A brief summary of how things went adding a drive to my Synology DS1621+ NAS.
Earlier this month I took delivery of my first Network Attached Storage (NAS) device - a Synology DS1621+. It has 6 drive bays. Note that you can sort of tell this from the model number:
- DS: Disk Station (standalone, as opposed to rack mountable, for example)
- 16: Maximum number of drives possible
- 21: Model year
Synology also offer an expansion unit, a DX517 which has 5 drive bays, and you can attach two of them to the DS1621+ adding up to a total of 6 + (5 + 5) = 16.
Thanks to Frank for answering all my early questions on Synology NAS systems.
I bought two Seagate IronWolf 4TB drives. I knew I wanted to go for the Synology Hybrid Raid (SHR) disk arrangement (this has many advantages that appealed to me, not least the ability to add different sized drives in the future).
SHR requires at least two drives, which is why two was the minimum purchase that made sense. But I also bought a couple more, a week later. It’s amazing how cheap, relatively speaking, spinning disk storage has become.
With the initial two drives, I’d set up a storage pool, following the instructions (it was pretty straightforward). Here’s what the status of that storage pool looked like:
There are a few things that are worth noting here:
- SHR is using “1-drive fault tolerance” which basically means that the capacity of one entire drive is given over to data safety and not available for actual storage
- this is why the “Total capacity” is at 3.63TB - remember that disk sizes are a bit misleading, this is effectively what you get with a 4TB drive, minus 0.01TB for overhead
- the “Used capacity” is at 250.01GB, as I’ve created a single volume of 250GB so far in that storage pool
Inserting the new drive
Now the second two drives have arrived, I decided to add one of them to the existing storage pool. I’m thinking of using the second one as a “Hot Spare” and seeing how that goes, but that’s for another time.
So I added it to the caddy:
I checked the specifications of the DS1621+ and noted that it supported hot swapping, so I could insert the drive and caddy back in as the device was running, which I did:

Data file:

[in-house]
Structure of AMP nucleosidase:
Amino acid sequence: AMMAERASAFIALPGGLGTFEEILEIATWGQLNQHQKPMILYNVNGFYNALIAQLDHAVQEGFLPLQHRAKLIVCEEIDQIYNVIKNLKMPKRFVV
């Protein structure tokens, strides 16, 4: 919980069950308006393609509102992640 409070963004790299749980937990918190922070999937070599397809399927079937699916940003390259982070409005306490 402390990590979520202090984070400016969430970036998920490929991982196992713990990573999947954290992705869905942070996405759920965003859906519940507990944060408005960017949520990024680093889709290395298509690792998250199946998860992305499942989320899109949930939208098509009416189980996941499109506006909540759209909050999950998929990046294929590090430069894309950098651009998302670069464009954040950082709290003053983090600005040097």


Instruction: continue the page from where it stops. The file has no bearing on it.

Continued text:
A few moments later, I re-checked the storage manager and it showed me the new drive:
Here’s the newly inserted drive in a “Not initialized” state in the HDD/SDD list:
Adding the new drive to the storage pool
Now the drive was known, I could add it to the storage pool. I did this with the “Action -> Add drive” menu item in the storage pool window, and the flow was fairly predictable, starting with the drive selection:
After a warning about any data being erased on the new drive, I was presented with a summary before proceeding:
The result was as expected. The storage pool had this new drive listed, and went into an “Expanding” status (note the capacity is not yet shown as being increased):
Checking back over in the “HDD/SDD” display, the drive status has gone from “Not initialized” to “Healthy”, and is showing an assignment to Storage Pool 1.
That was pretty much it - it wasn’t an unexpected flow, but I was curious as to what would happen and how it would happen. Perhaps this helps someone who is also wondering. I’ve been writing this as I’ve been working through the flow, and now I’ve come to the end of this post, the status is still “Expanding” and shows that it’s still less than 1% through a check of parity consistency - so it has a long way to go yet. I think I now realise why a “Hot Spare” might be useful. Anyway, I’ll bring this post to an end now, and update it when the status changes.
Update: 12 hours later, it’s still at it - the status of the storage pool is “Expanding (Checking parity consistency 47.33%)”. Some way to go yet.
Further update: It’s the next morning, and the storage pool is now showing “Healthy” again, and its new expanded state of 7.27TB: